WorldCat Identities

Wraga, William G. 1957-

Overview
Works: 14 works in 36 publications in 1 language and 970 library holdings
Genres: History  Biographies  Academic theses  Abstracts  Periodicals 
Roles: Author, Editor
Classifications: LA222, 373.73
Publication Timeline
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Most widely held works by William G Wraga
Research review for school leaders by William G Wraga( )

12 editions published between 2000 and 2016 in English and held by 662 WorldCat member libraries worldwide

This volume offers the educational leader reviews of research on five timely educational issues: citizenship education, multicultural education, gifted and talented education, classroom assessment, and scheduling. The chapters treating citizenship education review both the research about and practice of citizenship education in k-12 schooling. Closely related to the civic mission of public schooling is the task of fostering a sense of social cohesion among the diverse individuals and groups that compose this multicultural society. Issues of research and practice of multicultural education are reviewed in part ii. The education of another recognized subgroup in the student population, gifted and talented youth, is examined in part iii. Among the pressures placed on the public schools during the past 20 years, none, perhaps, has been greater than the demand to raise standardized test scores. Part iv presents in-depth reviews of research about various dimensions of classroom assessment. Finally, as assessment generally affects nearly all aspects of a local educational program, so does scheduling. With the sudden emergence of renewed interest in block scheduling, a review of research on block scheduling and of other scheduling options is handled in part V. (Contains 60 pages of references.) (dfr)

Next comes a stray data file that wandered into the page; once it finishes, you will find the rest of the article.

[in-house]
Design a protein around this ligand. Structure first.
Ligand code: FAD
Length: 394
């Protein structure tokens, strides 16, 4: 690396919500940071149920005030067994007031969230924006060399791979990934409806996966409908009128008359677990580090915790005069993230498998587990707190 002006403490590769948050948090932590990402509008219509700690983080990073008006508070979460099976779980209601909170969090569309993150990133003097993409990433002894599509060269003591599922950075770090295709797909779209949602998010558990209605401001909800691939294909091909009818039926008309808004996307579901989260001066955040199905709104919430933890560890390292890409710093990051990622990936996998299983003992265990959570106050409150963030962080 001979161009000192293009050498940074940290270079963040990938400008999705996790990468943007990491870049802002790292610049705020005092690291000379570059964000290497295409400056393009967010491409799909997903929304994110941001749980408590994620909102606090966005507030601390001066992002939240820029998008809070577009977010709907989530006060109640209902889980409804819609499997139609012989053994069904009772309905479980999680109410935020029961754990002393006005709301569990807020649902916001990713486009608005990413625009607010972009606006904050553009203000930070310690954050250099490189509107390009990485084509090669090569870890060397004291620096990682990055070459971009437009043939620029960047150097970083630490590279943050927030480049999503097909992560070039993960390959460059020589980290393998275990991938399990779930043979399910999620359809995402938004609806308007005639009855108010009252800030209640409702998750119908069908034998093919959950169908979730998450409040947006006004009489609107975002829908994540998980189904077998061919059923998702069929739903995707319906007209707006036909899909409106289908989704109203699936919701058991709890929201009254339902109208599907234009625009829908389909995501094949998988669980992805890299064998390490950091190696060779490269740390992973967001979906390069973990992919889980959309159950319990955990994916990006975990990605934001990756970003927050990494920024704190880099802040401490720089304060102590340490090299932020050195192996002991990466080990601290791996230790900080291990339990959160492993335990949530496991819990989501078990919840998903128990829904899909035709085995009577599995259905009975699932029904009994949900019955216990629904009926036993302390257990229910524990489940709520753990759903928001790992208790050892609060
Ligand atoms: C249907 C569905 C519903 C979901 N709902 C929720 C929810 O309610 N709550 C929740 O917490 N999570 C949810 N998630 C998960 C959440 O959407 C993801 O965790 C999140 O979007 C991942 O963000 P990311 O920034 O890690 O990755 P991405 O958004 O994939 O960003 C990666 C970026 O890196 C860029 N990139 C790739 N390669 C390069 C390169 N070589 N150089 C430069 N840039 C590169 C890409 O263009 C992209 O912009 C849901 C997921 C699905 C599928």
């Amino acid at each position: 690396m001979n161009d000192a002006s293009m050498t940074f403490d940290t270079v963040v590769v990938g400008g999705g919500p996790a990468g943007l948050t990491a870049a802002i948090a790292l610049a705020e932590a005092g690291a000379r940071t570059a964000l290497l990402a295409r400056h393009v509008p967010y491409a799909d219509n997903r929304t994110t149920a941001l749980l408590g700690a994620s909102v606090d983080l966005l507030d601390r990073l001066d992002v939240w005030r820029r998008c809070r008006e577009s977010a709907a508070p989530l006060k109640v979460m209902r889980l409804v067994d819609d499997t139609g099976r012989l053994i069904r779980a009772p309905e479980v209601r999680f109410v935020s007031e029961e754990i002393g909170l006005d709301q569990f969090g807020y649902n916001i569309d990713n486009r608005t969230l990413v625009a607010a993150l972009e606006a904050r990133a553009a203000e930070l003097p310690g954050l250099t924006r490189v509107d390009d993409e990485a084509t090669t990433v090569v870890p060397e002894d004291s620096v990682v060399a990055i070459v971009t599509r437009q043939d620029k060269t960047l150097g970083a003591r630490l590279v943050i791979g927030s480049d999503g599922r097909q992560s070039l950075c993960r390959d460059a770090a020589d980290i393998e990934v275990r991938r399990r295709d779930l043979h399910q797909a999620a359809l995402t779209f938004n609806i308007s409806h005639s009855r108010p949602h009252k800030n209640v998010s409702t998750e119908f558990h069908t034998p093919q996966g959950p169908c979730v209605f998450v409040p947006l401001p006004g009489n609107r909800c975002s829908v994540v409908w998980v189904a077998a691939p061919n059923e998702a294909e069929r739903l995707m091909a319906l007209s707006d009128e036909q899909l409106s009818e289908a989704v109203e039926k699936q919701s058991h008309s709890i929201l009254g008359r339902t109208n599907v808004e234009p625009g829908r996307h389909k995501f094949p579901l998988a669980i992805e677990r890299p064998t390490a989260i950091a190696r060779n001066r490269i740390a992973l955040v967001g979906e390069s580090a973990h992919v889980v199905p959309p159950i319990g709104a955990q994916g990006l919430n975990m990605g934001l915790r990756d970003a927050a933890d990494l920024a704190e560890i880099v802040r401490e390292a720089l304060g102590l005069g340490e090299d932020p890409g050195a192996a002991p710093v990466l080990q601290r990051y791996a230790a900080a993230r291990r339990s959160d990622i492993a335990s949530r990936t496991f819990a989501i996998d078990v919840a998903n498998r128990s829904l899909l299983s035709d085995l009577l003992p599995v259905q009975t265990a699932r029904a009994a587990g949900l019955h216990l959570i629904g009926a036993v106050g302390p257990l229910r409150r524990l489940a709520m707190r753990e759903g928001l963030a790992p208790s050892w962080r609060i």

Democracy's high school : the comprehensive high school and educational reform in the United States by William G Wraga( Book )

5 editions published between 1993 and 1994 in English and held by 169 WorldCat member libraries worldwide

Progressive pioneer : Alexander James Inglis (1879-1924) and American secondary education by William G Wraga( Book )

5 editions published in 2007 in English and held by 117 WorldCat member libraries worldwide

Research review for school leaders( Book )

1 edition published in 2000 in English and held by 3 WorldCat member libraries worldwide

Who Wrote the Cardinal Principles Report? The Commission on the Reorganization of Secondary Education Revisited by William G Wraga( Book )

1 edition published in 1999 in English and held by 3 WorldCat member libraries worldwide

This study refutes Edward A. Krug's view of the primary authorship of the document created by the Commission on the Reorganization of Secondary Education in 1918. In general, the commission endorsed cardinal principles that emphasized the practical over the intellectual as well as the importance of social control and social efficiency. The document was well received and highly influential until it began to be criticized by education scholars in the 1950s. In addition to concerns about the content of the document, Krug offered evidence that the document was primarily influenced by one member, rather than representing the ideas of the whole commission. He pointed out that one member, Clarence Kingsley, was a follower of David Snedden, whose ideas resemble those propounded by the commission. Krug's evidence is examined point by point and disputed. Similar ideas are found in sources other than Snedden, and documentation is offered to show that other members made substantive contributions to the final report. (Contains 96 references.) (RKJ)
What Makes Educational Leadership "Educational"? by William G Wraga( Book )

1 edition published in 2001 in English and held by 3 WorldCat member libraries worldwide